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    • Let’s! I’m excited to read Captivity for several reasons: it has earned an award in Hungary, it is highly praised in general, and I hope it will give me a stronger foundation in Roman times with which I can bolster my understanding of the Old and New Testament. Or, at least put them in a better context. I have begun it already, and I’m already entranced. I hope you are, too!

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  5. Dear Meredith, thank you so very much for your kind words! It is always a pleasure to read you, but if that does not happen, I will always think you will be indulging in a wonderful book 🙂 Have yourself a happy, blessed 2017!

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  6. I love, loved Eileen but read it in 2015. You have what looks to me like a successful and varied reading year. Happy New Year!

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    • Wow, Eileen took a long time to become well known then, didn’t it? I was only just aware of it for the Man Booker prize this summer. I liked how she was a victim, of sorts, but the author empowered her to overcome. I hope you have a wonderful 2017!

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    • I hope you like A Gentleman in Moscow. It was my first book by Amor Towles, and some have even said it is better than Rules of Civility. I bogged down a bit in the middle, but it was more than worth it to finish the novel. What a great book!

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  7. Our shared readings this year was a highlight for me, too. Even if I didn’t love the books in question, I loved hashing it out together.

    And what fun to be in a C.S. Lewis reading group. I’m using a C.S. Lewis devotional this year (The Business of Heaven). I used it about a dozen years ago, and it’s one of the few devotional tools I was ever really able to stick to consistently over a full year, so I’m looking forward to that!

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    • I loved our discussions arising from the Man Booker long list (and short). Even for the books which the panel did not agree on, insight was gained and fresh perspectives shared; such a wonderful highlight of the year for me.

      The discussion group at Wheaton College has reignited a C. S. Lewis passion within me; I gave my mother The Business of Heaven devotional this Christmas for her quiet time! How fun that you’ll be reading it “together” this year. I’ve never read That Hideous Strength, but I better begin for the first discussion is this Saturday. 😉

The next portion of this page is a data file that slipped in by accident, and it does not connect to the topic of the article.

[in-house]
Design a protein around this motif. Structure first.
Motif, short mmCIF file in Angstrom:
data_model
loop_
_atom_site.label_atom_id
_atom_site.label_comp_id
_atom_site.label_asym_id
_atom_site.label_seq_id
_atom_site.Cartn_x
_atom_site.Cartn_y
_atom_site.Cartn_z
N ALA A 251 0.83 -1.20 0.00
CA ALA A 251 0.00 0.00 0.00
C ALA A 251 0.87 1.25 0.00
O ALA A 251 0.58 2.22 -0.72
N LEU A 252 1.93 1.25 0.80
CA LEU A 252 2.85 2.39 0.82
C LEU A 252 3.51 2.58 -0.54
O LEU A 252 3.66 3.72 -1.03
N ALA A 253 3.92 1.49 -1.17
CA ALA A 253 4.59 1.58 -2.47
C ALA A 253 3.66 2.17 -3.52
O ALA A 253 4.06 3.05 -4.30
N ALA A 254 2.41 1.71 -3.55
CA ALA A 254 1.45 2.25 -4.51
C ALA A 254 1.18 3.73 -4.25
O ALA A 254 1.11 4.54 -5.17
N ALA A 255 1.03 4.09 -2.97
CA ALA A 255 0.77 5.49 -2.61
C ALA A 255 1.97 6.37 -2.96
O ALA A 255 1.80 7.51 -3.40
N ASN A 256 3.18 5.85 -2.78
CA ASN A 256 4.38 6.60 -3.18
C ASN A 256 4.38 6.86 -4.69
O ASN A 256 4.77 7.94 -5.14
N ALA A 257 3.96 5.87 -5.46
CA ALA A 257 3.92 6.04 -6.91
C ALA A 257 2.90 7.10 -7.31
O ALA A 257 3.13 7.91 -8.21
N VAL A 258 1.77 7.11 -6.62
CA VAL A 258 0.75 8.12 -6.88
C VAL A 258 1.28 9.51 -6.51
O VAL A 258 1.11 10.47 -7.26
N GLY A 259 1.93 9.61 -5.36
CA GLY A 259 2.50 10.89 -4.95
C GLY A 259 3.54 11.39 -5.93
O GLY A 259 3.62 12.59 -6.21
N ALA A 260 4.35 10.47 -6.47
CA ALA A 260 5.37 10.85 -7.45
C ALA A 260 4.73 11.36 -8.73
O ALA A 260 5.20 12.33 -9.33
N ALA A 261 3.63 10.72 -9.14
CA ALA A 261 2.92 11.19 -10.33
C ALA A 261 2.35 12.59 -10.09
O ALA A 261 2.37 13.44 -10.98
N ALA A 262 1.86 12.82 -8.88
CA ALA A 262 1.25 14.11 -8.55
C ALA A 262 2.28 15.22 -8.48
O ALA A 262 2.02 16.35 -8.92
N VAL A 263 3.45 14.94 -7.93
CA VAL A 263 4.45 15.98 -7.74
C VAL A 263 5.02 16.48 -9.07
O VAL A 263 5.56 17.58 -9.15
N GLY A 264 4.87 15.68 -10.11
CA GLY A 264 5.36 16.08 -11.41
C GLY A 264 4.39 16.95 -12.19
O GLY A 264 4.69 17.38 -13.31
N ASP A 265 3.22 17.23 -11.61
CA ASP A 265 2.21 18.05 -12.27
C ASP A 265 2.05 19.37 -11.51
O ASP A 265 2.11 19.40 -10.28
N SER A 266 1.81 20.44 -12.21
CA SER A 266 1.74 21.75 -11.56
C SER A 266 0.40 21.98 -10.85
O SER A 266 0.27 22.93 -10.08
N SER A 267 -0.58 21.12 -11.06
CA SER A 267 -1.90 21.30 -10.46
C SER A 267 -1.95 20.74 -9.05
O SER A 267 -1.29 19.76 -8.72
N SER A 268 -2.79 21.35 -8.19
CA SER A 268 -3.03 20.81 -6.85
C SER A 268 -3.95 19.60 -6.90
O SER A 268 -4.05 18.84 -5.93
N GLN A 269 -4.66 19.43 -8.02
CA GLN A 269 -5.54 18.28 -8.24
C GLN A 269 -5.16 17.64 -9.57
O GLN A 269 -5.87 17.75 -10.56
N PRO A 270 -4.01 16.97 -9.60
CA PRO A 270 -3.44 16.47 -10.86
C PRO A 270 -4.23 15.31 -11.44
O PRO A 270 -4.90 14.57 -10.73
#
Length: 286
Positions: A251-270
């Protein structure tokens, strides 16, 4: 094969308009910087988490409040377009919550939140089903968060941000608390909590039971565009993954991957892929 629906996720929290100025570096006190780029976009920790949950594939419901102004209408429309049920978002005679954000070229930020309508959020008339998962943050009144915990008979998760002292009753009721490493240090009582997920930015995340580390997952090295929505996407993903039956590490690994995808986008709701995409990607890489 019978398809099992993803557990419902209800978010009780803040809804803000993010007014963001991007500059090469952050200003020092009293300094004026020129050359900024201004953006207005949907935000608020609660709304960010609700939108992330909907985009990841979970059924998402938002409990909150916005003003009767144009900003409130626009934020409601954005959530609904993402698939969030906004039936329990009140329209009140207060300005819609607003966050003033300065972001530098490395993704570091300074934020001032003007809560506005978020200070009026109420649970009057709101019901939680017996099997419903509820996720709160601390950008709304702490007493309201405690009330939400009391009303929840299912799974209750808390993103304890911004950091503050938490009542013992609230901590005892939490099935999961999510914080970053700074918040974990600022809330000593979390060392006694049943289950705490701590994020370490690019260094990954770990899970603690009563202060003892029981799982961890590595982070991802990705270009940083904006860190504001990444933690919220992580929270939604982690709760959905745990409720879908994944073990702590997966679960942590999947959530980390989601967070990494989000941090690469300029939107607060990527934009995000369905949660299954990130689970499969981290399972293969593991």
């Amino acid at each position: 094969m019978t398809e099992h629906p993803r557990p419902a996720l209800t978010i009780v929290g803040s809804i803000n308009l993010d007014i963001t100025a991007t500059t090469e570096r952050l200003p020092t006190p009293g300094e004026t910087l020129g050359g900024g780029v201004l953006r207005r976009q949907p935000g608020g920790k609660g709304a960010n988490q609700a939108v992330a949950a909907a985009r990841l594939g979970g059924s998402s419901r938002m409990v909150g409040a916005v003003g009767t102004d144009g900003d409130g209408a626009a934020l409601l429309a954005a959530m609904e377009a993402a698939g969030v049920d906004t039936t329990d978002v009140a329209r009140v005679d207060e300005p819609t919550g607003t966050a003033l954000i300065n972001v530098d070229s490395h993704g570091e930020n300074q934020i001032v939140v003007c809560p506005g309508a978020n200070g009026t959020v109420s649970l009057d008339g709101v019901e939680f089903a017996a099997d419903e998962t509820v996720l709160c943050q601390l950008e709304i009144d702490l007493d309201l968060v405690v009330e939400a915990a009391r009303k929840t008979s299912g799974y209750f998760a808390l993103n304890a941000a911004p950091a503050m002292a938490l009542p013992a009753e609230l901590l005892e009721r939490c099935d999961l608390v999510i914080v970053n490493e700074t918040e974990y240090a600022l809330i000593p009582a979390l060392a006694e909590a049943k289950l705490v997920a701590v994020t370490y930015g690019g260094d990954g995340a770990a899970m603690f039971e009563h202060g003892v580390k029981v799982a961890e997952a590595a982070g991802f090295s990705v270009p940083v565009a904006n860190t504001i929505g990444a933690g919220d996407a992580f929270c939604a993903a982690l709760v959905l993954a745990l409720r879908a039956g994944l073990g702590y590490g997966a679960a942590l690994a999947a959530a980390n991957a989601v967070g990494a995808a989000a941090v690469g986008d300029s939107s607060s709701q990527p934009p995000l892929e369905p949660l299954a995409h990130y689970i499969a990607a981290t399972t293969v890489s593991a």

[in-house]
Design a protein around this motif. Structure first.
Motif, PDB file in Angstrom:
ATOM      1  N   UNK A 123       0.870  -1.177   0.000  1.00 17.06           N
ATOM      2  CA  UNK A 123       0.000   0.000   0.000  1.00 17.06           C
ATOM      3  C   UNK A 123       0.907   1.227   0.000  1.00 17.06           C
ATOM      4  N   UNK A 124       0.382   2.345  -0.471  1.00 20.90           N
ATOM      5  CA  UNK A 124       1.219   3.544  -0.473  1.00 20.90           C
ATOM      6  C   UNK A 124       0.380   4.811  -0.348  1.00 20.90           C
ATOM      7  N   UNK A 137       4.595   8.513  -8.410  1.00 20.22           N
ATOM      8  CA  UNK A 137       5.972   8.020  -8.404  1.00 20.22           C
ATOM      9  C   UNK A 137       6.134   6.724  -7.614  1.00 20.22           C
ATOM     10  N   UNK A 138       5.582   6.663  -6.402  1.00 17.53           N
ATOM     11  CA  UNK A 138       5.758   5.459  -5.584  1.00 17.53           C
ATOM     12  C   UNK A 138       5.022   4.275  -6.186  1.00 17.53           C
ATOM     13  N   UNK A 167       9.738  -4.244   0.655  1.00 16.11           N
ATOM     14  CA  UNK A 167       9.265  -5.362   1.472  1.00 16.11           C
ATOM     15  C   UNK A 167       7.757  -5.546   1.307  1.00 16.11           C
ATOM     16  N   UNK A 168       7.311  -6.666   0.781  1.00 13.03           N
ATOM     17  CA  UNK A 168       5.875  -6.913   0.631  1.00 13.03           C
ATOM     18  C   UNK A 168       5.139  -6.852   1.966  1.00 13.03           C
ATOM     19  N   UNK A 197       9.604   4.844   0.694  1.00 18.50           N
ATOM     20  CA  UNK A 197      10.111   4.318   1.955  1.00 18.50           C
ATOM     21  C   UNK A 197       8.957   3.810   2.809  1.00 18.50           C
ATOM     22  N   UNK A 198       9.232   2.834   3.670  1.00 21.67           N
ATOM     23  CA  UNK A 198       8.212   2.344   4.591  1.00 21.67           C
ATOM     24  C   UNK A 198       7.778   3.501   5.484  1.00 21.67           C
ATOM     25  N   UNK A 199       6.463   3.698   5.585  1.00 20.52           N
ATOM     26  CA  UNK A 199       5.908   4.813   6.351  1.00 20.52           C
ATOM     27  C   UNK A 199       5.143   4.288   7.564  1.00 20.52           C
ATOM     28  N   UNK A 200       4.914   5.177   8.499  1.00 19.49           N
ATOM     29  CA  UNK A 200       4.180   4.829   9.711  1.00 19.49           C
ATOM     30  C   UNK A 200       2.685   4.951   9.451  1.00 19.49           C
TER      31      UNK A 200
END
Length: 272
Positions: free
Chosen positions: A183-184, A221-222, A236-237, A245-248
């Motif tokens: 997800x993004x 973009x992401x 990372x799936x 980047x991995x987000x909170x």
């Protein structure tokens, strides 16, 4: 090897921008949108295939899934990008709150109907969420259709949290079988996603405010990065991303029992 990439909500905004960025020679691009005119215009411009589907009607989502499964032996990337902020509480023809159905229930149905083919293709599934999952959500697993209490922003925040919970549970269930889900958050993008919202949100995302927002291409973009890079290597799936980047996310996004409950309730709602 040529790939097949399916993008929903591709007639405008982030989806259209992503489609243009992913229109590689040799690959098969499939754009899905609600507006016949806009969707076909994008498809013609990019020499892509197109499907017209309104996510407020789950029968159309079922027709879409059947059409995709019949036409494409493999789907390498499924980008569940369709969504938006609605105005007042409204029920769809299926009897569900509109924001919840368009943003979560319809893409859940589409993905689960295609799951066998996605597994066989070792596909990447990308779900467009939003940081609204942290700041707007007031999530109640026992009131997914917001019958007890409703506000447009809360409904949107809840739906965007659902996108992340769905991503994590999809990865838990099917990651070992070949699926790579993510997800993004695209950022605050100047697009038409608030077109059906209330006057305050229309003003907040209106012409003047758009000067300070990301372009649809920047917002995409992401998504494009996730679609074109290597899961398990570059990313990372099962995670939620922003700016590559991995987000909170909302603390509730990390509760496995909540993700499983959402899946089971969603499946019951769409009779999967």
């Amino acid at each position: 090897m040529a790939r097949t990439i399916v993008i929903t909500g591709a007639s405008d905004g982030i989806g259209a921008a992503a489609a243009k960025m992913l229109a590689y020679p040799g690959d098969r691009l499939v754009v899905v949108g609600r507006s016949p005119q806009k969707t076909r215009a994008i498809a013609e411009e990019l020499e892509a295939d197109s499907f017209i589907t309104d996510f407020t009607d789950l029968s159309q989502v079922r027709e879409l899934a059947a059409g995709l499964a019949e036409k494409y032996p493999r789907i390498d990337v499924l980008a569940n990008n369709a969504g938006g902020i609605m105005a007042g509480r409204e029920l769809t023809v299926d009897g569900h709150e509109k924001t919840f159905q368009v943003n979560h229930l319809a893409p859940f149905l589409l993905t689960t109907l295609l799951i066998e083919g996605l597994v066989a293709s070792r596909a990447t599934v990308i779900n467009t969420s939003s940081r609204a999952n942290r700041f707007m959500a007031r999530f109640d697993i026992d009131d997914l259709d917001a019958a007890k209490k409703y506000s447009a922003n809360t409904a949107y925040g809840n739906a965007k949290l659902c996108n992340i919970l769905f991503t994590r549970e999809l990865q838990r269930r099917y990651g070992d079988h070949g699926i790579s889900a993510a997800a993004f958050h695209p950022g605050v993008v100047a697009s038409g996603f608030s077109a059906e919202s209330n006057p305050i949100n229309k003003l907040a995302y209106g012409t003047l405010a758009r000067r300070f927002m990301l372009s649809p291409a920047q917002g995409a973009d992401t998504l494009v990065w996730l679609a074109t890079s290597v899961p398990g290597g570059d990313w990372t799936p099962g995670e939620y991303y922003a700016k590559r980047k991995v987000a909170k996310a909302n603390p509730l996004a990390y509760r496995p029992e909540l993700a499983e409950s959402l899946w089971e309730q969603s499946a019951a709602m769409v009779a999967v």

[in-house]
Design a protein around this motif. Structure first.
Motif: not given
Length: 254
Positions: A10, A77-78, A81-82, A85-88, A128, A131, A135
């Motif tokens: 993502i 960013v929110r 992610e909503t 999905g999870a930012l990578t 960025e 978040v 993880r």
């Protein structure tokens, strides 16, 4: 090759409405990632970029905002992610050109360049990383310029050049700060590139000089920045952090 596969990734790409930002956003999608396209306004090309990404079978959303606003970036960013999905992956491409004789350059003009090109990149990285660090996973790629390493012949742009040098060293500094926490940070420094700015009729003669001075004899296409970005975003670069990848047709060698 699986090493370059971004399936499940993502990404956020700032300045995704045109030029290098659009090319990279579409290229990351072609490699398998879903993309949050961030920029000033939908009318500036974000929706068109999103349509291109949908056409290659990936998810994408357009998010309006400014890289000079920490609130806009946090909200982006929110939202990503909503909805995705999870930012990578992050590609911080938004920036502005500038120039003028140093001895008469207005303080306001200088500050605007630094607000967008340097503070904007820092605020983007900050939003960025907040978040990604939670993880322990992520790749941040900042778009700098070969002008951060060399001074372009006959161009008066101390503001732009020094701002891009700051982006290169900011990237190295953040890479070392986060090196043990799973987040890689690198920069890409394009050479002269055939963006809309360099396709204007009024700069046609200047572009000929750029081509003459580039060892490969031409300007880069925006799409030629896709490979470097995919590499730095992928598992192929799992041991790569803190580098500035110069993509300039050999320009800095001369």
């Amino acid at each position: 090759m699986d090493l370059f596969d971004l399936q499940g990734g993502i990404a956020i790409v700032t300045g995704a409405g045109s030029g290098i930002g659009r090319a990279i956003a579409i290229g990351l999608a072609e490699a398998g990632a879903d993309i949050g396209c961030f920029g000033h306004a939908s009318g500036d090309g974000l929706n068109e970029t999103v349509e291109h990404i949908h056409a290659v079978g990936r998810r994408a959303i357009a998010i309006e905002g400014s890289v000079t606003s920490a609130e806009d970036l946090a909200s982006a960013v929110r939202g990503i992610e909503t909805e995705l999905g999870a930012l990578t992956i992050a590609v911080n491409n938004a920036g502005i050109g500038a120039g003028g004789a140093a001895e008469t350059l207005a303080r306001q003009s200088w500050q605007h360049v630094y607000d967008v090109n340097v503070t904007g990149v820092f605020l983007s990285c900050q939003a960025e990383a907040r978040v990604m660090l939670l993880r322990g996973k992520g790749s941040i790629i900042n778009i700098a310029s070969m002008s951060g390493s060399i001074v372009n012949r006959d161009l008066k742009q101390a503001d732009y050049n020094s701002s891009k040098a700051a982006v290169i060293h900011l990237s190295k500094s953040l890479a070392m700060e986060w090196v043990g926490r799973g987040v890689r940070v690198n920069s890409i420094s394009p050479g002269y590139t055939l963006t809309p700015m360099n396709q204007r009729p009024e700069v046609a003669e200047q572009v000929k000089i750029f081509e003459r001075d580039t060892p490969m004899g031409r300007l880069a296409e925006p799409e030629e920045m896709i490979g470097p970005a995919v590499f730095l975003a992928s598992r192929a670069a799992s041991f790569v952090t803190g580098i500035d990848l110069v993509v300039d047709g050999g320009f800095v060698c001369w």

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  8. I enjoyed being part of the Read Along for Two Serious Ladies too, thank you for that. Han Kang was on my list of favourites for 2016, I though Human Acts even more accomplished than The Vegetarian, but both the sign of an extraordinarily talented and deep thinking author. I also had another Elena Ferrante on my favourites list, Days of Abandonment which was tense and brilliantly constructed, especially it being set in the crazy, heat of summer which is when I read it. I’m looking forward to your reading of 2017, Happy New Year and Happy Reading!

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    • I can appreciate reading Ferrante in the dog days of summer, much as Naples would be. I like pairing my reading with the season and food of that culture; somehow, I’m always craving udon noodles when I read Japanese books, or samosas when I read Indian.

      I am eager to read Han Kang’s newest book. I’m not sure I entirely understood all she meant to say in The Vegetarian, but I was sufficiently intrigued by her imagination, and her writing, to consider it a fine book.

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  9. 2016 was a great reading year for both of us it seems – if I go by your list of favorites 🙂 My Name Is Lucy Barton was at the top of my list, alongside A True Novel. I must say that was truly one of my favorite books last year – thank you 🙂 I’m so glad the three of us read it. Hope 2017 brings you plenty of great new books 🙂 Happy New Year!!

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    • Both you and Vishy liked A True Novel more than I did. I’m not sure if I just let it drag on too long, but I did not end up enjoying it very much at all. Probably it would have been better suited for me to read it over the summer, when time is not pressing down on me quite so heavily, and I can abandon myself to the author’s verbosity.

      In contrast, My Name is Lucy Barton was short, but every word so necessary to the atmosphere and story. I could read that one several times over.

      Thank you for reading with me, blogging with me, lo these many years, Nadia. You bring a great richness to my reading.

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  10. Happy New Year! We read the same amount of books! I feel like I should have read more but I guess sometimes work and stuff gets in the way. Anyway, loved reading about your favorites and your upcoming reading projects. Hope there are a lot of great books ahead for you!

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    • I’m not sure why I was disappointed with the total amount of books I (we!) read; when I look at other lists, people seem to have read less than 20. So, I’m rather hard on myself, but in previous years I’d read more than 100, which made me feel I was slacking off this year. Let’s give ourselves permission to read as we wish, what suits us, and not put pressure on what we do or don’t accomplish. Sometimes I forget this is a joy, not a job. 😉